Ibandronate Sodium
Classifications: bisphosphonate; regulator, bone metabolism;
Therapeutic: bone metabolism regulator

Prototype: Etidronate
Pregnancy Category: C


2.5 mg and 150 mg tablets


Ibandronate is a potent third-generation bisphosphonate. It inhibits activity of osteoclasts and reduces bone resorption and turnover in the matrix of the bone.

Therapeutic Effect

In postmenopausal women, it reduces the rate of bone turnover, resulting in a net gain in bone mass.


Prevention and treatment of osteoporosis in postmenopausal women.

Unlabeled Uses

Treatment of metastatic bone disease in breast cancer.


Hypersensitivity to ibandronate; severe renal impairment; hypocalcemia, vitamin D deficiency; inability to stand or sit up straight for 60 min; achalasia, esophageal stricture, dysphagia; concurrent administration with antacids, supplements, or vitamins; children <18 y; pregnancy (category C).

Cautious Use

Mild or moderate renal impairment; history of GI bleeding or disease, esophagitis, esophageal, or gastric ulcers; older adults; lactation.

Route & Dosage

Postmenopausal Osteoporosis
Adult: PO 2.5 mg qd or 150 mg once monthly on the same day each month

Renal Impairment
Clcr <30 mL/min: use not recommended


  • Correct hypocalcemia before administering ibandronate.
  • Give at least 60 min before food, beverage, or other medications (including vitamins).
  • Instruct to swallowed whole with a full glass of plain water (180–240 mL; 6–8 oz) while standing or sitting in an upright position.
  • Keep patient sitting up or ambulating for 60 min after taking drug.
  • Store 15°–30° C (59°–86° F).

Adverse Effects (≥1%)

CNS: Dizziness, headache, nerve root lesion, vertigo. GI: Dyspepsia, constipation, diarrhea, esophagitis, gastritis, pharyngitis, nausea, vomiting. Respiratory: Upper respiratory infection, pharyngitis. Skin: Rash. Body as a Whole: Back pain. Other: Tooth disorder.

Diagnostic Test Interference

Interferes with the use of bone-imaging agents.


Drug: Concurrent administration of calcium, magnesium, or iron reduces ibandronate adsorption. Food: Food reduces ibandronate absorption (ibandronate should be taken in a fasting state).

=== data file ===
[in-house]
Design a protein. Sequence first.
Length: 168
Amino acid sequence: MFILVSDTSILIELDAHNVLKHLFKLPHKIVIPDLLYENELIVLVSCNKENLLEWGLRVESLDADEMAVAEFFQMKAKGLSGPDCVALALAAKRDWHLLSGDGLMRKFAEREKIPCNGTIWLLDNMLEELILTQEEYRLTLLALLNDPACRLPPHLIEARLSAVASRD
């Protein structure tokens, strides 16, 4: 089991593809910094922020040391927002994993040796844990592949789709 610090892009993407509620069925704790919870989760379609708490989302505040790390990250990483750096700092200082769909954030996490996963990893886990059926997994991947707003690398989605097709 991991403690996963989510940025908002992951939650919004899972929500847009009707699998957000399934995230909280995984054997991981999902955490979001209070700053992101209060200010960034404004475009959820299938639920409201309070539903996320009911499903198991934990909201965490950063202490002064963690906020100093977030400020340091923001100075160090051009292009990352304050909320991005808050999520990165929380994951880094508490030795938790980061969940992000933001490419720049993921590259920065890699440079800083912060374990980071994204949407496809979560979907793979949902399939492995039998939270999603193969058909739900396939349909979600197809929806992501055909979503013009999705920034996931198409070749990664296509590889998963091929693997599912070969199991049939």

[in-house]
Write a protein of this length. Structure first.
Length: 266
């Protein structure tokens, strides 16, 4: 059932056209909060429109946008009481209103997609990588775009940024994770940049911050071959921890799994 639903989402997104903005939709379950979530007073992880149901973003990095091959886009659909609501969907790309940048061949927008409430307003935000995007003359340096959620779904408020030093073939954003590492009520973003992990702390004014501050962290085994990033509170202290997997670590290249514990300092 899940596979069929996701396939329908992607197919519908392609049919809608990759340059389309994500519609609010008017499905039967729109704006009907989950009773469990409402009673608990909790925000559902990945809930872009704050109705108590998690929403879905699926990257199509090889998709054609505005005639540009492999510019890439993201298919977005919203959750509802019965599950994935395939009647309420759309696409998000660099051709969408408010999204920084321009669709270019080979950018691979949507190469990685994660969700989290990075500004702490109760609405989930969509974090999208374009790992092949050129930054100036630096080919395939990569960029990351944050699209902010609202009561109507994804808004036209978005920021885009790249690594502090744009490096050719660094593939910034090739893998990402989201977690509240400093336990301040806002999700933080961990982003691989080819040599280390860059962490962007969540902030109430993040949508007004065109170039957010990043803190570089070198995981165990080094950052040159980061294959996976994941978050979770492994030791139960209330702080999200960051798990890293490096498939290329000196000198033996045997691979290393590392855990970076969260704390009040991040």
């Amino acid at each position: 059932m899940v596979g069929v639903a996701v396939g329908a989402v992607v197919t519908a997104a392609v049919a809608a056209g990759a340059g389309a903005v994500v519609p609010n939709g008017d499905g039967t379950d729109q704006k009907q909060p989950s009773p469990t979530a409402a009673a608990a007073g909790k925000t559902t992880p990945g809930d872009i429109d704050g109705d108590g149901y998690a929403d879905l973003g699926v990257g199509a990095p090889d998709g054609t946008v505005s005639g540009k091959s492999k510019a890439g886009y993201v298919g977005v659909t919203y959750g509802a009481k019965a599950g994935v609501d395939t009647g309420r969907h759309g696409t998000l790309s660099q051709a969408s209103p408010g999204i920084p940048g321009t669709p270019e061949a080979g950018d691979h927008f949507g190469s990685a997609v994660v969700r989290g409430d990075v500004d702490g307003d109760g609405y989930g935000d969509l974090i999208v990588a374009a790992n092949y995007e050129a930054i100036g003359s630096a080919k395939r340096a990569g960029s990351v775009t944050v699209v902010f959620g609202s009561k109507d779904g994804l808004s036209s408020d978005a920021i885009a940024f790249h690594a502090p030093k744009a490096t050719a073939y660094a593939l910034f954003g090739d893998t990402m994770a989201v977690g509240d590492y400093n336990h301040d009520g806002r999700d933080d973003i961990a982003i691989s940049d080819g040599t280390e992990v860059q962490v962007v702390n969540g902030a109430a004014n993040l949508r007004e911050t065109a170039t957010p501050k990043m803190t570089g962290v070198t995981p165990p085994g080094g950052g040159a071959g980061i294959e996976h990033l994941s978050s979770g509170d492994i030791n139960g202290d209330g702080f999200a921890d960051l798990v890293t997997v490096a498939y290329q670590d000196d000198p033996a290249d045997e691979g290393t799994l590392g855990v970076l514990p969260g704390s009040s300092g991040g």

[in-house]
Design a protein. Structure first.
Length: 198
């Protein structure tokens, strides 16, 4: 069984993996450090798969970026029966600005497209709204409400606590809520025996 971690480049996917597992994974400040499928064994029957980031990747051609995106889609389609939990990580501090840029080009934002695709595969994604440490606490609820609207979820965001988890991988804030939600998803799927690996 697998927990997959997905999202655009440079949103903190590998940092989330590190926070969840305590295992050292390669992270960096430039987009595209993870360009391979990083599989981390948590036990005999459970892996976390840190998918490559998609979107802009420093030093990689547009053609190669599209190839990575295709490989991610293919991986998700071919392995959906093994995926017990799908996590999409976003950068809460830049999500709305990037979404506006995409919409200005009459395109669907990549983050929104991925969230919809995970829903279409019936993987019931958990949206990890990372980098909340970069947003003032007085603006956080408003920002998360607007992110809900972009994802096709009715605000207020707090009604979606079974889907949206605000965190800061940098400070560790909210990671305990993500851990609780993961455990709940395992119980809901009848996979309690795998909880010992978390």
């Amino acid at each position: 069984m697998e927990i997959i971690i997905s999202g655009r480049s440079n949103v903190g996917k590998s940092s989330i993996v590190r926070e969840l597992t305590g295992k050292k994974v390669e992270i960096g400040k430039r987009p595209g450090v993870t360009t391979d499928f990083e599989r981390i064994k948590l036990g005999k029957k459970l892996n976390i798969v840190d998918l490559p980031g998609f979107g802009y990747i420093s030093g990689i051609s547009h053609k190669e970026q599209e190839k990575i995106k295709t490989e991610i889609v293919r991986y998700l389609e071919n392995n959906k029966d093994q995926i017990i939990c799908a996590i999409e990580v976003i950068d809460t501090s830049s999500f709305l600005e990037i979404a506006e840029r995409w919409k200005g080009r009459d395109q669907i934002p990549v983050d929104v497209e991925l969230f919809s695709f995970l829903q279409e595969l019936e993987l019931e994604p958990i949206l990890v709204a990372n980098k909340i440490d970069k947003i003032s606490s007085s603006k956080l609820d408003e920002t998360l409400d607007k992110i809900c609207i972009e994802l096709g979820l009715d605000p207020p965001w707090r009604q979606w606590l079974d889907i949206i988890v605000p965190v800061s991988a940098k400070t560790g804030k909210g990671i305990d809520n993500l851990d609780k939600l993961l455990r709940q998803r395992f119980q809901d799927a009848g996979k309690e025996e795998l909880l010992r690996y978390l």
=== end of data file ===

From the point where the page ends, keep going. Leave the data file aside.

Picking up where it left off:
Absorption: Bioavailability poor (0.6%). Peak: 0.5–2 h. Distribution: 86–99% protein bound. Metabolism: None. Elimination: Renal. Half-Life: 10–60 h.

Nursing Implications

Assessment & Drug Effects

  • Lab tests: Monitor albumin-adjusted serum calcium, serum phosphate, serum alkaline phosphatase, fasting and 24 h urinary calcium, and serum electrolytes; baseline and periodic renal function.
  • Withhold drug and notify physician if the Clcr <30 mL/min.
  • Diagnostic test: Bone density scan every 12–18 mo.
  • Monitor for S&S of upper GI distress, especially with concurrent use of NSAIDS or aspirin.

Patient & Family Education

  • Take the monthly dose (150 mg) on the same day each month. Carefully follow directions for taking the drug (see Administration).
  • If a monthly dose is missed, and the next scheduled dose is more than 7 d away, take one 150 mg tablet the next morning then resume the original monthly schedule. Do not take two 150 mg tablets in the same week.
  • Report to physician any of the following: severe bone, joint, or muscle pain; heartburn, pain behind the sternum, difficulty or pain with swallowing.

Common adverse effects in italic, life-threatening effects underlined; generic names in bold; classifications in SMALL CAPS; Canadian drug name; Prototype drug

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